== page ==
Granted, the CSOs are making headway but the pace at which negotiations between them and the Presidential Contact and Dialogue Group (PCDG) are moving, is to say the least, worrisome.
The CSOs side claims that it has made headway in pushing for a solution to an academic freedom impasse that pitched Chancellor College academic staff against the government. It also claims that it has managed to force government to scrap off the salary of the First Lady and restoration of vehicles that were snatched from the Vice President.
But any critical eye can see that the CSOs side is not serious and firm in its push for reform on some issues. To begin with, after compressing the 20 points that they went to table with, they remained with issues that were billed as urgent. One of such issue is the unfair usage of MBC TV and Radio by the government.
Now, with such a pertinent issue, how do the CSO leaders say that they forgot to discuss the MBC issue? Where is their seriousness?
Come to think of it, the leader of the CSOs negotiators, Voice Mhone, admits that there is no mechanism to verify government claims of reform. Mhone says his team assumes that the government is being honest with its claims because to him, the talks are serious.
How do the CSO leaders take government seriously when the same government fails to fund the Law Commission to reform draconian laws that were discussed by the two sides? The government agrees, at a round table, to reform the laws yet it abdicates in funding the process.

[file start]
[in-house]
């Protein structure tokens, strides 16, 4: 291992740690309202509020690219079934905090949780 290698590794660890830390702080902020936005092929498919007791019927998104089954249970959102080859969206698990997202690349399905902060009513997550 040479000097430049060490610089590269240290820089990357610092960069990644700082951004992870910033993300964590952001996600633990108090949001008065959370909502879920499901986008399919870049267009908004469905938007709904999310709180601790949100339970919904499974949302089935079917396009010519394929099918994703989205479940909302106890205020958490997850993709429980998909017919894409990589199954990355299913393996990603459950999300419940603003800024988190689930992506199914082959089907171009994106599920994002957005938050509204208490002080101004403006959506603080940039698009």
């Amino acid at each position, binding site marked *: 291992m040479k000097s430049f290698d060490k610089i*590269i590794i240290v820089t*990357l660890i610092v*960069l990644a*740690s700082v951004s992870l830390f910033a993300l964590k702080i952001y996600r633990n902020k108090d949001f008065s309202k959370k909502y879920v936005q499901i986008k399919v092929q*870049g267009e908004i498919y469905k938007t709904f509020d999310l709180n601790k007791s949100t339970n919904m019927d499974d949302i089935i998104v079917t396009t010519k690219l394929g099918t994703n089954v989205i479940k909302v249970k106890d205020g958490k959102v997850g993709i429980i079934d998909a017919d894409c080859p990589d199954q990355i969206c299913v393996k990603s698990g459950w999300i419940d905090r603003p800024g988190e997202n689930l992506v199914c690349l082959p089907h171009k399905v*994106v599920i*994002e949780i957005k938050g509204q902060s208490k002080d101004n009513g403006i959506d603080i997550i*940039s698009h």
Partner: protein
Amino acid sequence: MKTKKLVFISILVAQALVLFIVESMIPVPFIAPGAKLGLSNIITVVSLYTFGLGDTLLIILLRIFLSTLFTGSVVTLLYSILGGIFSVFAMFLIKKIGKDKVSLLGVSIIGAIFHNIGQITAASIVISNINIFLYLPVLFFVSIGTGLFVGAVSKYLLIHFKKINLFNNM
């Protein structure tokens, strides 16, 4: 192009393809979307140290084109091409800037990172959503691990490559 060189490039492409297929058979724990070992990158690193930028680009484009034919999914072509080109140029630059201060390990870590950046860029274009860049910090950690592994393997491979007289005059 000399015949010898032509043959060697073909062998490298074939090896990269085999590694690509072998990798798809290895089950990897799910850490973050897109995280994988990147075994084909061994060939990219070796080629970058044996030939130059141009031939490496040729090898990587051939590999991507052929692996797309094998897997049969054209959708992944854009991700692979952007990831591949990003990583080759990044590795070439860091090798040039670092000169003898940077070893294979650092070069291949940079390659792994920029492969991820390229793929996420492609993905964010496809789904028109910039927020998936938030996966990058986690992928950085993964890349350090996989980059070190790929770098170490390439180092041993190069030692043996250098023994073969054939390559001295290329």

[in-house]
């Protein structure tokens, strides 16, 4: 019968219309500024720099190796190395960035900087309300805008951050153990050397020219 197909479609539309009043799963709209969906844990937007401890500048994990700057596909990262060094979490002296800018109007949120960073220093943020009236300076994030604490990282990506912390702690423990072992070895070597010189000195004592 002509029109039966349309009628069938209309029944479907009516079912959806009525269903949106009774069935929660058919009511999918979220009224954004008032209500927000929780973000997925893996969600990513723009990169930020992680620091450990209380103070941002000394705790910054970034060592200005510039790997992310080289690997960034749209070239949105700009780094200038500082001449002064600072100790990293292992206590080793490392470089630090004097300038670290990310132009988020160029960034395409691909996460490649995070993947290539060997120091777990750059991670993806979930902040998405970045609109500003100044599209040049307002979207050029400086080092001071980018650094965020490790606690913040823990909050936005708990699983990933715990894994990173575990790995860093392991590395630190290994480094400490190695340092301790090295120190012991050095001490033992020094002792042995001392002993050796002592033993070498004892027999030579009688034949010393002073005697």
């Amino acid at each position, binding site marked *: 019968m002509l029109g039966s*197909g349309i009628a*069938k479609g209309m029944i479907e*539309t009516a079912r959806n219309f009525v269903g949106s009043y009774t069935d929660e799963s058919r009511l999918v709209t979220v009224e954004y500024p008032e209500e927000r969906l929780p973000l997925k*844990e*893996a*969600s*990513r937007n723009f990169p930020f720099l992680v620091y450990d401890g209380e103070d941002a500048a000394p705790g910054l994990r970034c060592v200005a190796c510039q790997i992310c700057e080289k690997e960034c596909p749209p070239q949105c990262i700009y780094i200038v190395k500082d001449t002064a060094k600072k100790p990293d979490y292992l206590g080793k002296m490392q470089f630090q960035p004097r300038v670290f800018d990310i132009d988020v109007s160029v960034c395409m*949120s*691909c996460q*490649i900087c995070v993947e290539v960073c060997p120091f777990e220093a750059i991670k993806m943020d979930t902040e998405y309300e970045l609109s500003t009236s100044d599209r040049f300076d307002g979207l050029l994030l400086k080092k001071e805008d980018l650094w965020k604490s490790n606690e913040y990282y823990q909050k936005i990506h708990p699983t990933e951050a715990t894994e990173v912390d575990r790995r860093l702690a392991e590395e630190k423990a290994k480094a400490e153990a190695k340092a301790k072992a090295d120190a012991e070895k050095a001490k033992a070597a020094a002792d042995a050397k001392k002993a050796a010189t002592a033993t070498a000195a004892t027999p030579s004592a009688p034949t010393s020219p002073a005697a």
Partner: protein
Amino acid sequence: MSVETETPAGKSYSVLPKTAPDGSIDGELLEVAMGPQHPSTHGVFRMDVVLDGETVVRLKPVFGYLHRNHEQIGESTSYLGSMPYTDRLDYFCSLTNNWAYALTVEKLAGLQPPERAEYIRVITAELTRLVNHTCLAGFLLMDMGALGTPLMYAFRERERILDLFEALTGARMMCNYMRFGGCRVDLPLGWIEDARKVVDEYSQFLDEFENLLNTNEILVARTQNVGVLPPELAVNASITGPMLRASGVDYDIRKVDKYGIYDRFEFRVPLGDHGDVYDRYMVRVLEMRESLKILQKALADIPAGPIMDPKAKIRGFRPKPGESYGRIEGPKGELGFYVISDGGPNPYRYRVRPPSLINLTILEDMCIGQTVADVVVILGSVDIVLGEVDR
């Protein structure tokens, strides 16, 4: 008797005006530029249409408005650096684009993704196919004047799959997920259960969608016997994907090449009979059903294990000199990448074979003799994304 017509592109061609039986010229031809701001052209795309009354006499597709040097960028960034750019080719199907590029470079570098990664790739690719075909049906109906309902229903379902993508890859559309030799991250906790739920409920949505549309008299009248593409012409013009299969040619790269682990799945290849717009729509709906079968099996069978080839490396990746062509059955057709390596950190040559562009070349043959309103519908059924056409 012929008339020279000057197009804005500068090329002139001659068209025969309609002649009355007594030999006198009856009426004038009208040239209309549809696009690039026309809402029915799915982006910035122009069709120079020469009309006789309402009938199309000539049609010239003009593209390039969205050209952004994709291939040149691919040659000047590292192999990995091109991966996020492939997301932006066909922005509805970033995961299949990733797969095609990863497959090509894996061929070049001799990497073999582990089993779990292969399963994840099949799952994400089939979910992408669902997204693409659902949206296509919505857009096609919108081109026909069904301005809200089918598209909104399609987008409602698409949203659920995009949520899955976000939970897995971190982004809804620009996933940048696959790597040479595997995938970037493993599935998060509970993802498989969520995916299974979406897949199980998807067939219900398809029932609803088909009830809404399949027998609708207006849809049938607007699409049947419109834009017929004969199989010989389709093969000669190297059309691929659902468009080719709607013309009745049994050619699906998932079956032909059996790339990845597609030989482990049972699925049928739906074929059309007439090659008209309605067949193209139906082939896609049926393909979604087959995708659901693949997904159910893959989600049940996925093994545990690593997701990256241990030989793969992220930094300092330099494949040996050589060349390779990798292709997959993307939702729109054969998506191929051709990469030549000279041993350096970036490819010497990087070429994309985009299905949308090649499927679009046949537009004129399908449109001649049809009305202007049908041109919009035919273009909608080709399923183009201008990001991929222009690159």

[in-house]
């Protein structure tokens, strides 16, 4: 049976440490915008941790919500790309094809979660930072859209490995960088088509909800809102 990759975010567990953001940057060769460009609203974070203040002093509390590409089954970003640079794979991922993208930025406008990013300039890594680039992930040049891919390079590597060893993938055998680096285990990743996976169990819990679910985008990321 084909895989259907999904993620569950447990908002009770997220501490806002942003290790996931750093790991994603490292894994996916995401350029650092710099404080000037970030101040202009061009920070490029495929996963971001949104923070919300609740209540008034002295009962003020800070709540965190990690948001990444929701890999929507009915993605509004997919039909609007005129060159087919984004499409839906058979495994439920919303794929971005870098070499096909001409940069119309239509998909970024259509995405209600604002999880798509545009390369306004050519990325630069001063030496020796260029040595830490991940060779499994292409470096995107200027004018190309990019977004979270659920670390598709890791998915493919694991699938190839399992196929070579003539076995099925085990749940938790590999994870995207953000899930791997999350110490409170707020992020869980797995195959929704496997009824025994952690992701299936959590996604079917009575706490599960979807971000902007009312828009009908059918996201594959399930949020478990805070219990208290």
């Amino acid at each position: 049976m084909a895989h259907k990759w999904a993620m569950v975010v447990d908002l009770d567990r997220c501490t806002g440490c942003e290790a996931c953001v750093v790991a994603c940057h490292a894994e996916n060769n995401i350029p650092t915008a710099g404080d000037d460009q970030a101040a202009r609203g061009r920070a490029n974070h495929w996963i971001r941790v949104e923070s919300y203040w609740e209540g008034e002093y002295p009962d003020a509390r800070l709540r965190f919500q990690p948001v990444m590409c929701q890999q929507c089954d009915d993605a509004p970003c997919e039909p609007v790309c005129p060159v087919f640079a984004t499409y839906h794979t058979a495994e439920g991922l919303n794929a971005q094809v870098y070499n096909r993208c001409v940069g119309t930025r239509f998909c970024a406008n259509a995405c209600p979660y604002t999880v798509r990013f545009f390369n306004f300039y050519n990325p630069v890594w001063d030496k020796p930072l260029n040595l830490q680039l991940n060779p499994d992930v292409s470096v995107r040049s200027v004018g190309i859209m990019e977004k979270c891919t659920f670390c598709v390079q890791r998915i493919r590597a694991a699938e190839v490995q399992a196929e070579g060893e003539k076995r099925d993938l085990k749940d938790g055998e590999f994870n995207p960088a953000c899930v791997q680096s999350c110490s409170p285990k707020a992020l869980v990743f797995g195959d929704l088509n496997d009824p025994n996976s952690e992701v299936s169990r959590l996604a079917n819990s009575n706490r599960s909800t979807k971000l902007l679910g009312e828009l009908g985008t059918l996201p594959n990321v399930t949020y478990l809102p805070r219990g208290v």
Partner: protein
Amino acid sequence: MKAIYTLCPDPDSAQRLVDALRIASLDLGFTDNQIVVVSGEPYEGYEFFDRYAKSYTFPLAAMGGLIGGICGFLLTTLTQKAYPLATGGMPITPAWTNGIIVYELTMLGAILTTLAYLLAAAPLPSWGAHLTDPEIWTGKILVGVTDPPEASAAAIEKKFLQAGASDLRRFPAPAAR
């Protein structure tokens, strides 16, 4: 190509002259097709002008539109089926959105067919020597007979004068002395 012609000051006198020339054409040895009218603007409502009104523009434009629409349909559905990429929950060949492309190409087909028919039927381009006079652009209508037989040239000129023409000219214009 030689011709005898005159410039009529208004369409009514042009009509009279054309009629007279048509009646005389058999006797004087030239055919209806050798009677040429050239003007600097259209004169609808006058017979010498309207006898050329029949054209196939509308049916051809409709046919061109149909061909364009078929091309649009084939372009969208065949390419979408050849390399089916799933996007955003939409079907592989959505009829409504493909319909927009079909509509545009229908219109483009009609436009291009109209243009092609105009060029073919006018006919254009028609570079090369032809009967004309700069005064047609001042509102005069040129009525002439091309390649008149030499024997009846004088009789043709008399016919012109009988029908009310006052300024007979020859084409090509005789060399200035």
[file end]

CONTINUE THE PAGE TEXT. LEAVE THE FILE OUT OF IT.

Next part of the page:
One sane thing that the CSO leaders attempted to do was to push for the formation of a technical team to monitor implementation of the resolutions.
But it is so disheartening to learn that the negotiators were detracted by logistical issues, such as their allowances, transport and accommodation. How do the CSO leaders abandon their national call just because their allowances delayed?
We wish to remind the CSOs negotiators that government will not grant their wishes on a silver platter. Actually, the government is happy with the status quo.
The CSO leaders should remember that they are presiding over very emotive issues. The future of this country lies in their hands. They need to be serious and firm or admit that they have failed Malawians.